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Here is the grand fact that Protestant theologians always overlook. They, in reality, always present nature and grace as two antagonistic powers, and suppose the presence of the one must be the physical destruction of the other. Luther and Calvin, weary of the good works, and shrinking from the efforts to acquire the personal virtues enjoined by Catholicity, began their so-called reform by asserting the total depravity of human nature, and maintaining, that original sin involved the loss of reason and free-will, reducing man physically to the condition of irrational animals, and superadding the penalty of guilt. Here, in the very outset, they denied natural reason, all natural religion, and all natural morality, and consequently asserted for man in the natural order, left to his natural powers and faculties, universal skepticism and moral indifference; for without reason there can be no belief, and without free-will no moral obligation, no moral difference of actions. —Orestes Brownson, “Protestantism in a Nutshell”

Philip Melanchthon

Philip Melanchthon

It is often thought—in part because of irresponsible polemic masquerading as scholarship or learned analysis from people who ought to know better,[1] in part because of Protestants’ equally inexcusable neglect of their own tradition—that the Protestant Reformers held no brief for natural law or for the wisdom of the Greeks and Romans. Fewer claims sit less easily with the truth of things than this one; but it has by now become a convention, and, as conservatives know (and usually celebrate), conventions die hard.

The consensus position has begun to change in recent years due to a return ad fontes among many Protestant scholars.[2] In this brief essay, I’d like to look at one example of why this consensus must continue to be modified in a more historically responsible direction: Philip Melanchthon’s preface to Cicero’s On Duties, written in 1525. Melanchthon (1497-1560), one of the chief and most influential figures among both the Protestant Reformers and northern European humanists, found a wealth without parallel for the study of ethics in Greek and Roman authors, and particularly in the writings of Cicero and Aristotle; and the former’s On Duties held a position in the first rank for him (as, indeed, it did later for the American Founders).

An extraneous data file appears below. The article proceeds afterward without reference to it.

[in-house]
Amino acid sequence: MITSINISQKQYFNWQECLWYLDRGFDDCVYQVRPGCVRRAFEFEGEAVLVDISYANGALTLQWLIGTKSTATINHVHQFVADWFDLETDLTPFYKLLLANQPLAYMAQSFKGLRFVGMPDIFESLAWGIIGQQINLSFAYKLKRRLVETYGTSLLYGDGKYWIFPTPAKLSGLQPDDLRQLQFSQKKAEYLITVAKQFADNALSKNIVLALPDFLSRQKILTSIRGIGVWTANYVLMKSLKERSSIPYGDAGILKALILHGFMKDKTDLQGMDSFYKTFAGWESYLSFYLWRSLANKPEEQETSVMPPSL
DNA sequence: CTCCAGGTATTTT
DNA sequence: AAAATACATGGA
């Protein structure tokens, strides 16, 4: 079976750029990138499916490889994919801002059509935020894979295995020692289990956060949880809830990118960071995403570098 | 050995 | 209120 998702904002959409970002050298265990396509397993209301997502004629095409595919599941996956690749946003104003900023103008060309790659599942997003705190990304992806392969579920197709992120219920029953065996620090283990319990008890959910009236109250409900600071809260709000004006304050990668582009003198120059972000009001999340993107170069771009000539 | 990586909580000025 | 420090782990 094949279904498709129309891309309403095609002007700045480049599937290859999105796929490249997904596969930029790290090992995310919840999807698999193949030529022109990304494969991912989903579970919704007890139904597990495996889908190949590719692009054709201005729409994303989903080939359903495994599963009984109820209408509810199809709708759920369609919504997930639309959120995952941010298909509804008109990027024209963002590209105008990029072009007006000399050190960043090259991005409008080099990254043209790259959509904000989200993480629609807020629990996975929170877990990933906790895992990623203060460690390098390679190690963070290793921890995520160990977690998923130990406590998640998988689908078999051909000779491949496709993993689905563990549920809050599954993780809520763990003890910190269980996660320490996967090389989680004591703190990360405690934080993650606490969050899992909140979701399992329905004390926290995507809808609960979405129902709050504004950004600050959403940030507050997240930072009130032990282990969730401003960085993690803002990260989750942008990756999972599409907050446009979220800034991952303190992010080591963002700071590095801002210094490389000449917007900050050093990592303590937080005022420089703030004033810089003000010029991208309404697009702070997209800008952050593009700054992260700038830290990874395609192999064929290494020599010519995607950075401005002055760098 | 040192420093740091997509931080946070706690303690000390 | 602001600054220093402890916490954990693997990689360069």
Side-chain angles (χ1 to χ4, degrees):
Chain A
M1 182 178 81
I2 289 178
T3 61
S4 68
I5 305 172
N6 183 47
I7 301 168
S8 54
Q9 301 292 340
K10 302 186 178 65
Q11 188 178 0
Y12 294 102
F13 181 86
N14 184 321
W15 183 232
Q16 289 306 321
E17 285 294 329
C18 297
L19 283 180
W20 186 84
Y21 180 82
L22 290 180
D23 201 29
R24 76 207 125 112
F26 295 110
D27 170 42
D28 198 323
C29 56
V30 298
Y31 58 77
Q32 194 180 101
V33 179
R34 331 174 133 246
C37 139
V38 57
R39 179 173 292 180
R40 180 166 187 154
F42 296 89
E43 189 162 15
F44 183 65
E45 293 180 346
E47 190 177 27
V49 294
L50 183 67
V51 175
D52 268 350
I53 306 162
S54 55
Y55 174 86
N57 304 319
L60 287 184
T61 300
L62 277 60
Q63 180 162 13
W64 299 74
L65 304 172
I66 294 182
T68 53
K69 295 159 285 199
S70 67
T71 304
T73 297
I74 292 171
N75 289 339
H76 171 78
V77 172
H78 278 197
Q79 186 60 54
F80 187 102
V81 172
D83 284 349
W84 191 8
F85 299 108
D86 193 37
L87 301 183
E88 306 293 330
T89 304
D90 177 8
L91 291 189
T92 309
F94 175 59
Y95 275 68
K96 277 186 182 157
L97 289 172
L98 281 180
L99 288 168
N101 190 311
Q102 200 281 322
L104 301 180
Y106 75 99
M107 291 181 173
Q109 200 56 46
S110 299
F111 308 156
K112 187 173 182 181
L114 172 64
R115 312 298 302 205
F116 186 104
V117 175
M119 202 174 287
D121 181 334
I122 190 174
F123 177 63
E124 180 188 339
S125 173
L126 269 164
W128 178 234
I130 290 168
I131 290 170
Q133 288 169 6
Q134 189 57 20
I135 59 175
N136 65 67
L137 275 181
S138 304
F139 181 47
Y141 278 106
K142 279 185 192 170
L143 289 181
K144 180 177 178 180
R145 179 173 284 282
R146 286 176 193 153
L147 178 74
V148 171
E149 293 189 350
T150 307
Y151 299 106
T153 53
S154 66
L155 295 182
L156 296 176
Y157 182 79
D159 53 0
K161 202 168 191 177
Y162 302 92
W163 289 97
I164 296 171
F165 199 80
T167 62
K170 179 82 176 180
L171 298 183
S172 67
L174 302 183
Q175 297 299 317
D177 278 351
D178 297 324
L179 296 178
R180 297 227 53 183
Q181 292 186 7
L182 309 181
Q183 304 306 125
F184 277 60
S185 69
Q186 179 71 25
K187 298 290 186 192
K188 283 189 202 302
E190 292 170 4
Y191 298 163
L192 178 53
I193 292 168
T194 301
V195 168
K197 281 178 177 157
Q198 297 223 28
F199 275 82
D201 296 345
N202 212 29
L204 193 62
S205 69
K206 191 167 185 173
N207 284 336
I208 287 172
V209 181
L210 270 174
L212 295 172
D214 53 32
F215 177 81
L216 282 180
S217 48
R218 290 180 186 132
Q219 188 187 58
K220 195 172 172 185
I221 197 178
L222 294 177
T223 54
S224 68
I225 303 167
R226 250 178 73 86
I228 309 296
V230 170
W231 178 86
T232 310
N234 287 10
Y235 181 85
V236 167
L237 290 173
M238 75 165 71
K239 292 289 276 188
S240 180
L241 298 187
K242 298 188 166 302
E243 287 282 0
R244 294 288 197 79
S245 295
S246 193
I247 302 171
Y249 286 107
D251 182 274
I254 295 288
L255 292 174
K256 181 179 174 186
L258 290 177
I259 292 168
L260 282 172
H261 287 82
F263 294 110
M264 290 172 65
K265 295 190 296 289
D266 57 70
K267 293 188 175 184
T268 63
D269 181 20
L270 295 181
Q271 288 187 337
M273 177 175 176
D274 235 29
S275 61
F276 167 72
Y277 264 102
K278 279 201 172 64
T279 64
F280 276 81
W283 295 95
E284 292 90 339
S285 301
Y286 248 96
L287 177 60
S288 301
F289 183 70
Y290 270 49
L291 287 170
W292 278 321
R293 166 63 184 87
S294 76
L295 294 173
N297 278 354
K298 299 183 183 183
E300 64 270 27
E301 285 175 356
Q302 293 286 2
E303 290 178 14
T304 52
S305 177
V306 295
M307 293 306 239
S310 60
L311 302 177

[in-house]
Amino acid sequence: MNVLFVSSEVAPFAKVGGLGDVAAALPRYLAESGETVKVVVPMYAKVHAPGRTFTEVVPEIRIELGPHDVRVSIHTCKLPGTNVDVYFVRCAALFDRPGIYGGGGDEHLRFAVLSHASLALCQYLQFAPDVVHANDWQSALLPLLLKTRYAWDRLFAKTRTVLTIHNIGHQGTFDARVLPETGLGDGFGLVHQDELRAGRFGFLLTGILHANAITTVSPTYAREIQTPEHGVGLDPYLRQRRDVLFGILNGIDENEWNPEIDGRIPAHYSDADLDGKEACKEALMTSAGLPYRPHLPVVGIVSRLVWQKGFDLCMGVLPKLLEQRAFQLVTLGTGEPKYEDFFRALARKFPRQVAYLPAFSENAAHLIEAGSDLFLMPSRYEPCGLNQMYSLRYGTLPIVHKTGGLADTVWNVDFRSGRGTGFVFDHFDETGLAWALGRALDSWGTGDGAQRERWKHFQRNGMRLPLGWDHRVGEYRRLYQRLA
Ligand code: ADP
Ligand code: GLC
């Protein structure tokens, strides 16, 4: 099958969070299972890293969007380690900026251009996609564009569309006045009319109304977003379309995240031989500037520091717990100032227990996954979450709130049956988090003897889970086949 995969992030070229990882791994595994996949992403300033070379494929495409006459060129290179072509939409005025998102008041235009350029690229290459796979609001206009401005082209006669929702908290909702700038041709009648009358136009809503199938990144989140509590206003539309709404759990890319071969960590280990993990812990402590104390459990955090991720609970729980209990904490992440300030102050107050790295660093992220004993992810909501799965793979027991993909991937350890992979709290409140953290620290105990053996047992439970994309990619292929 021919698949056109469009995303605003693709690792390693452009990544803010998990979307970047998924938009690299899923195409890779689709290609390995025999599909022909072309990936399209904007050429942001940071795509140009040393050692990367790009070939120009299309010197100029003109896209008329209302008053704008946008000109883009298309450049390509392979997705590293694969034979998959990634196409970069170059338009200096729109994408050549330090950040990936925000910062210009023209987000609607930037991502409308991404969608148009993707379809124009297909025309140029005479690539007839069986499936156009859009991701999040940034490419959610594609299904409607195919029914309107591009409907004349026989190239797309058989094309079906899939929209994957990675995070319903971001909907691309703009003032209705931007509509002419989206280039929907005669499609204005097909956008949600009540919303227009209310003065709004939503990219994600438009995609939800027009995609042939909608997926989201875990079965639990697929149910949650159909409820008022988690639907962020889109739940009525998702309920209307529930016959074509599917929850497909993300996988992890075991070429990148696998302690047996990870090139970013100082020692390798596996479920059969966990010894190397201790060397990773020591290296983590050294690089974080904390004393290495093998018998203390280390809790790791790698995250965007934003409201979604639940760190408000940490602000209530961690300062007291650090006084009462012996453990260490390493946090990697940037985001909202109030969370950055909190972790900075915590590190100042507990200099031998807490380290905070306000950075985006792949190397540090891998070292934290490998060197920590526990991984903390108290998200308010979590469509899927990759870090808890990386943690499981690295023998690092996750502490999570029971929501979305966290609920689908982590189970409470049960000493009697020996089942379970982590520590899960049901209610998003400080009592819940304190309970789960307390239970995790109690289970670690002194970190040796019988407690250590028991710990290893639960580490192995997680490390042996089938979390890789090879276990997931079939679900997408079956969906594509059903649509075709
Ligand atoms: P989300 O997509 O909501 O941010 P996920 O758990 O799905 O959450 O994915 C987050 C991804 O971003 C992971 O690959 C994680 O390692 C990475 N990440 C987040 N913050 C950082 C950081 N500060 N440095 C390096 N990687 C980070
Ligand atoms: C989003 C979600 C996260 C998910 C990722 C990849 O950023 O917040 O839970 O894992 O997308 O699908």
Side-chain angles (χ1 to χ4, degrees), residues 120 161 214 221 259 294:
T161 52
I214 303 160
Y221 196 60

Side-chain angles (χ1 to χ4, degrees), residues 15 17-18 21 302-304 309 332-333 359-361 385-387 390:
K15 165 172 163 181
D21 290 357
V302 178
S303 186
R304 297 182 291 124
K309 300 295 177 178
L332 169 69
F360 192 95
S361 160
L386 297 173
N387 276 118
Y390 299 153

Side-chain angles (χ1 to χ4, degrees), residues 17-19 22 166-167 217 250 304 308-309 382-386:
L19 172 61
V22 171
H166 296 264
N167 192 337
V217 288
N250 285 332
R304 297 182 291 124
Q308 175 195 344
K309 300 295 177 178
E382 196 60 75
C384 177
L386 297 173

In his introduction to the book, Melanchthon writes, in part, as follows in order to set the stage for his more particular remarks on Cicero’s treatise:

This, in short, is solid erudition: to be able to judge rightly about things and morals, [and] next to explicate clearly and advantageously about the things you have comprehended, and to discourse eloquently [about them]. The knowledge of things is necessary for judging rightly and for acquiring prudence.[3]

He goes on to distinguish the “things” about which one must know (mathematics, instructions about “civic morals,” and so on) from eloquence about those things—which he treats in the second part of the preface and with which I will not deal here—while making it clear that he is not talking at all about religion in this context (de religione hic nihil dicimus; more on this below).

For civic morals, tradition is a particularly valuable guide: And for common life [that is, for man’s life together—ed.] it is first of all useful to hold fast to those things that have been handed down about morals and about the customary manner of civic life.

Indeed, for Melanchthon this is not an optional “extra” for civilized life, but a field of study whose absence indicates barbarism and the loss of the humane itself:

Whoever is not ennobled by this type of learning and accustomed to human kindness and civic duties you would call a beast, not a man. For this literature [of the kind I am discussing] [that is, the works of the Greeks and Romans—ed.], by which tender minds are nourished and roused to an honorable life, is the cradle and commencement of virtue.

And in the opinion of the Wittenberg Reformer, one book stands out above all with respect to “ennobling learning”:

There is, moreover, on the subject of morals no other book in existence more perfect than Cicero’s On Duties. For he has given instruction most carefully on all the parts of life, in regard to what is fitting for each of its stages.

What is so valuable about this book? Chiefly its discussion of the virtues under their fourfold aspect, a categorization that goes back (at least) to Plato’s Republic:

[H]e has put forward in their right order the forms of the virtues, such that they stand out before the eyes of his readers, as rules [regulae] of all deliberations and deeds. For he has set out the four parts of virtue: prudence, justice, courage, [and] moderation.